Chapter 7. Financial Astrology—AAA Falling Stars


I can't recall we've ever asked for management changes in companies we've invested in. If they did the wrong thing, they should go.

 --Warren Buffett, Wall Street Journal, May 23, 2008

At the end of 2007, Berkshire Hathaway owned 48 million shares of Moody's Corporation, one of the top three rating agencies (the same shares Berkshire owned when I first met Warren Buffett in 2005), representing just over 19 percent of the capital stock. The cost basis of the shares is $499 million. At the end of 2002, the value was just under $1 billion. By the end of 2006, the value was around $3.3 billion, but it dropped to $1.7 billion at the end of 2007.[157] The sharp increase in revenues is due chiefly to revenues generated from rating structured financial products, and the sharp decrease was due to the disillusionment of the market with the integrity of the ratings.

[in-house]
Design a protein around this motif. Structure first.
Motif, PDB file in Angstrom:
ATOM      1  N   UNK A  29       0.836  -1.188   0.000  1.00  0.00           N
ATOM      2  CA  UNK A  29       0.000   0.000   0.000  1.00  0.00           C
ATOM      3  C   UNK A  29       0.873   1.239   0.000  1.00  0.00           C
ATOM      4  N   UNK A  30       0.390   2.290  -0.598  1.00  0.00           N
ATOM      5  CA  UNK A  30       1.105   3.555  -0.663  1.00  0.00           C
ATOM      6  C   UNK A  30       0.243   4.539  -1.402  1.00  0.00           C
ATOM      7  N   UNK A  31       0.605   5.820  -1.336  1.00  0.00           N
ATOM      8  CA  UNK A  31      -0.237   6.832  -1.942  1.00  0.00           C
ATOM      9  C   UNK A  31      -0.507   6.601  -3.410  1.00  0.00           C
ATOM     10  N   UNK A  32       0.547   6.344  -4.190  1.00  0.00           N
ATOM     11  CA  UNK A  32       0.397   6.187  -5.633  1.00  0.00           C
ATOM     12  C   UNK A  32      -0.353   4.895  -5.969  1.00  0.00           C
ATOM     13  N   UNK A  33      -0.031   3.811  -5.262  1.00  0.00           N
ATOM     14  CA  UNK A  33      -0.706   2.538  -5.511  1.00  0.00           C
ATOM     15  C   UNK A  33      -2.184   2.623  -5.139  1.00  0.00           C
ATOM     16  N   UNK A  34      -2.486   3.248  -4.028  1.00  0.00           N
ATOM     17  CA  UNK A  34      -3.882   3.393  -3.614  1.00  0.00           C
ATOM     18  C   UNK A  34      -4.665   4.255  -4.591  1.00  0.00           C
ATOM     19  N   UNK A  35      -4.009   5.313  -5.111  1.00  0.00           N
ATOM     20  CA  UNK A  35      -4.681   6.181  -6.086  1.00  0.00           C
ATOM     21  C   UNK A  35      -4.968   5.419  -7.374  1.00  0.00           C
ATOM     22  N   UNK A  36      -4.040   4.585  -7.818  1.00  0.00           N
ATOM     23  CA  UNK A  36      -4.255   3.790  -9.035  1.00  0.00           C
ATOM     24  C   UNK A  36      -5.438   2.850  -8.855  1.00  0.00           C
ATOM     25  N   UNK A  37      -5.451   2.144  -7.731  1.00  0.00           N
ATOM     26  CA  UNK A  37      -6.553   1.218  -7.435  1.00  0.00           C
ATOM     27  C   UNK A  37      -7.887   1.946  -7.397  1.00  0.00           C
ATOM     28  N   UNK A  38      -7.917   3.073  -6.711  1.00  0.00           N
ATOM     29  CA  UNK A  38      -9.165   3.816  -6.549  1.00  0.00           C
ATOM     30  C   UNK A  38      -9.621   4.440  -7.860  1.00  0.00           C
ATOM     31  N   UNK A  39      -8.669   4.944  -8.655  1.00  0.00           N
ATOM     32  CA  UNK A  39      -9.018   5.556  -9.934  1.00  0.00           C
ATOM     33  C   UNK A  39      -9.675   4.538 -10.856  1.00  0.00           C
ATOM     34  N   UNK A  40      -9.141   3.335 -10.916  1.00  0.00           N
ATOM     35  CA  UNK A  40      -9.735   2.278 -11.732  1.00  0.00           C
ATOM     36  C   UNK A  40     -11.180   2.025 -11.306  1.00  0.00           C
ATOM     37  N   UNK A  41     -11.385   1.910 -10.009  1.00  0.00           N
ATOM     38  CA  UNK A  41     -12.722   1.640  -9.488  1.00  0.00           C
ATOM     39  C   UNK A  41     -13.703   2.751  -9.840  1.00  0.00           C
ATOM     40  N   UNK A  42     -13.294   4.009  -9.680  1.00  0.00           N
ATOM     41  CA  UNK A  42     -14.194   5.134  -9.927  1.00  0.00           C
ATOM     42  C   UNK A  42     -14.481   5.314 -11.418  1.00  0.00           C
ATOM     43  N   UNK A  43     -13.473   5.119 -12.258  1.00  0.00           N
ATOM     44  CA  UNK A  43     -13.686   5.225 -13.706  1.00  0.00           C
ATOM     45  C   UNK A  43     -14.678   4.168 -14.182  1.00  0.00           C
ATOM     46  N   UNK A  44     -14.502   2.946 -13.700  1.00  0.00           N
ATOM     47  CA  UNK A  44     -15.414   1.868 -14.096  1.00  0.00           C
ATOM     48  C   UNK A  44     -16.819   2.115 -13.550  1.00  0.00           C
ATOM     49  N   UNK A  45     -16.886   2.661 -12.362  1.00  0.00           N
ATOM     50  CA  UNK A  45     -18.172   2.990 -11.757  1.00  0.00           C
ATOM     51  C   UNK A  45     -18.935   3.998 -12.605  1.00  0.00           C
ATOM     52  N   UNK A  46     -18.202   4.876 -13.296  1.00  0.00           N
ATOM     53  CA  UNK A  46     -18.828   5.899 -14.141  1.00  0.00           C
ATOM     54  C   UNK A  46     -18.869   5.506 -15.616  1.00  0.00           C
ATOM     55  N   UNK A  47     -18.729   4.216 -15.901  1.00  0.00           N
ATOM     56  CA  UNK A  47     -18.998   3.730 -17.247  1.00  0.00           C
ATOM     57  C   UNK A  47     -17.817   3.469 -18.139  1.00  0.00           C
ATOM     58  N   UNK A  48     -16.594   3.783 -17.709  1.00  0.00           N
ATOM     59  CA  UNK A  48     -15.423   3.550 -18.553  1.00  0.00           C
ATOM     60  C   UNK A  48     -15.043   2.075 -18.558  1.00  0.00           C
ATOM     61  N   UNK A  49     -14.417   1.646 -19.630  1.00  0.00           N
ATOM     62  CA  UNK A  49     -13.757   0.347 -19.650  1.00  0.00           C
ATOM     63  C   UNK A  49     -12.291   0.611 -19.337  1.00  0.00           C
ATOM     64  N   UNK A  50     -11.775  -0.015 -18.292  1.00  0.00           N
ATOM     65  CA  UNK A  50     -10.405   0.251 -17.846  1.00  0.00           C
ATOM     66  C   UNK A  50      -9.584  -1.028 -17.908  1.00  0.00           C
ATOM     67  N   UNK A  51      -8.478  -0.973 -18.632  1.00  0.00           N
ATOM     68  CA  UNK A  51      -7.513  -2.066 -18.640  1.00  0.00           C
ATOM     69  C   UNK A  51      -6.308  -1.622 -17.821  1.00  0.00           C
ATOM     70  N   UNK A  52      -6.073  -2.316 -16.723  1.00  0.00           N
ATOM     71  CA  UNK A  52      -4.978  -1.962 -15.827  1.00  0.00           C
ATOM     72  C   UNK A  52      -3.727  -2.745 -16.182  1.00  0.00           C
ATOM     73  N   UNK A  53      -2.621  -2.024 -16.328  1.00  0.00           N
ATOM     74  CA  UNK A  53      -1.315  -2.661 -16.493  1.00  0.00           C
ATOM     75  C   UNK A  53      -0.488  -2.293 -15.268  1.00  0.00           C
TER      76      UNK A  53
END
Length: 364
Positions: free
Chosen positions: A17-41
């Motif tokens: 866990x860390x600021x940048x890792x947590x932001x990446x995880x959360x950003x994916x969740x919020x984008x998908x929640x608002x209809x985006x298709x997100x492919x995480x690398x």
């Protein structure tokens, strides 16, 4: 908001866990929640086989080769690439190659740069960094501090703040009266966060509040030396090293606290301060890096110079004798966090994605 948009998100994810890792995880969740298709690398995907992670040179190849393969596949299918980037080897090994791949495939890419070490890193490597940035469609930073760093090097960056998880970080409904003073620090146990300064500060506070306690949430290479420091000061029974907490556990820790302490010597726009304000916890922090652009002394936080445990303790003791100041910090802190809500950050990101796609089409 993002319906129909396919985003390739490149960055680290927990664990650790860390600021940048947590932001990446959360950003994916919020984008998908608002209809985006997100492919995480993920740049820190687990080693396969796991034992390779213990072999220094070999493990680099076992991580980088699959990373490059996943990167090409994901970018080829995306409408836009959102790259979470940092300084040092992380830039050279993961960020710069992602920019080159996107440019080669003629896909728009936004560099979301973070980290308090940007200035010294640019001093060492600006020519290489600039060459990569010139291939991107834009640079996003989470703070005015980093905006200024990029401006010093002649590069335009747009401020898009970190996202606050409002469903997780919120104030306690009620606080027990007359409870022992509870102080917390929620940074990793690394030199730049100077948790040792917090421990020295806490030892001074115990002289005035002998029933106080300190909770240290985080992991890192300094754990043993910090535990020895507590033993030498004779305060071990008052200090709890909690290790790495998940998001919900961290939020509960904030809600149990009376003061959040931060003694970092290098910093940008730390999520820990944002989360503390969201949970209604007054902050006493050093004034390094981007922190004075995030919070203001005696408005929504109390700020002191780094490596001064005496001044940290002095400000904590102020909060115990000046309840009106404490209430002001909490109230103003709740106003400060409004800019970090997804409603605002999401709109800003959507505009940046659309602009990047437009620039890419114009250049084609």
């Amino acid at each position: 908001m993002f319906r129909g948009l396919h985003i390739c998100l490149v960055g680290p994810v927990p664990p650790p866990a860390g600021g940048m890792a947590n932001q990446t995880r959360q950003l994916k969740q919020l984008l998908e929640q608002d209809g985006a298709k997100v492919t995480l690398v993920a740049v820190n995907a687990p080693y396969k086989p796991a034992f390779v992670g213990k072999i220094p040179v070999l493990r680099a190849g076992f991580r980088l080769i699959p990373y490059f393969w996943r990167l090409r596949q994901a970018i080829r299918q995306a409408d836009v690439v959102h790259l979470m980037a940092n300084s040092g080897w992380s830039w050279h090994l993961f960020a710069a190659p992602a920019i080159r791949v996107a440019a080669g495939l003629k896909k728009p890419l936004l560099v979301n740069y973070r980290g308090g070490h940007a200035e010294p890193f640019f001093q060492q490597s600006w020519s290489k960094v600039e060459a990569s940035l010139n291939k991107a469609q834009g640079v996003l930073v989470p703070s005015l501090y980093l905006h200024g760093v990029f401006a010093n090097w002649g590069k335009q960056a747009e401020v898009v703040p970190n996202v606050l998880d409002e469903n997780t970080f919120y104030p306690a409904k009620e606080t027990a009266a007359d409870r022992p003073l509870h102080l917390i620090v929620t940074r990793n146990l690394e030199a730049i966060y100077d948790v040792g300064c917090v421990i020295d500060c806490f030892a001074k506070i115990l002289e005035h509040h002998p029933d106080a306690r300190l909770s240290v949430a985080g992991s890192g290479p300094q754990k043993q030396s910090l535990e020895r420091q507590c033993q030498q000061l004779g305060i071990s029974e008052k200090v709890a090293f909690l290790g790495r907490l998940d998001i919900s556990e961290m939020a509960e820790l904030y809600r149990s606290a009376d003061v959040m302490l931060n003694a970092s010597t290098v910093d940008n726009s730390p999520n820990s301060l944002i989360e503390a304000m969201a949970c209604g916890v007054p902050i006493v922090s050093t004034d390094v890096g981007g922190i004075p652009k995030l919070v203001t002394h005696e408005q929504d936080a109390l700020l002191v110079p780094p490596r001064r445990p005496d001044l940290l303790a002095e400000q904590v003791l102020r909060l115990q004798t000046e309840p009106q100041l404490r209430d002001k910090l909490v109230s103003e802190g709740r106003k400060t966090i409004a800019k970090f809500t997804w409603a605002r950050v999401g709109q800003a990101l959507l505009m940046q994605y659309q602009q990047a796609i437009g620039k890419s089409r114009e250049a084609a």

The collateralized debt obligation market grew from around $275 billion in 2000, to about $2 trillion in 2007; then the market stalled. By June 11, 2008, Total Securitization reported that CDOs in default exceeded $200 billion.[158] Investors included insurance companies, bank investment portfolios, mutual funds, pension funds, hedge funds, money mangers, and more. Every sector of society is affected as misrated products cause actual principal losses combined with loss in value due to declining market prices and illiquidity. More than that, liquidity—coming up with needed cash—is ...

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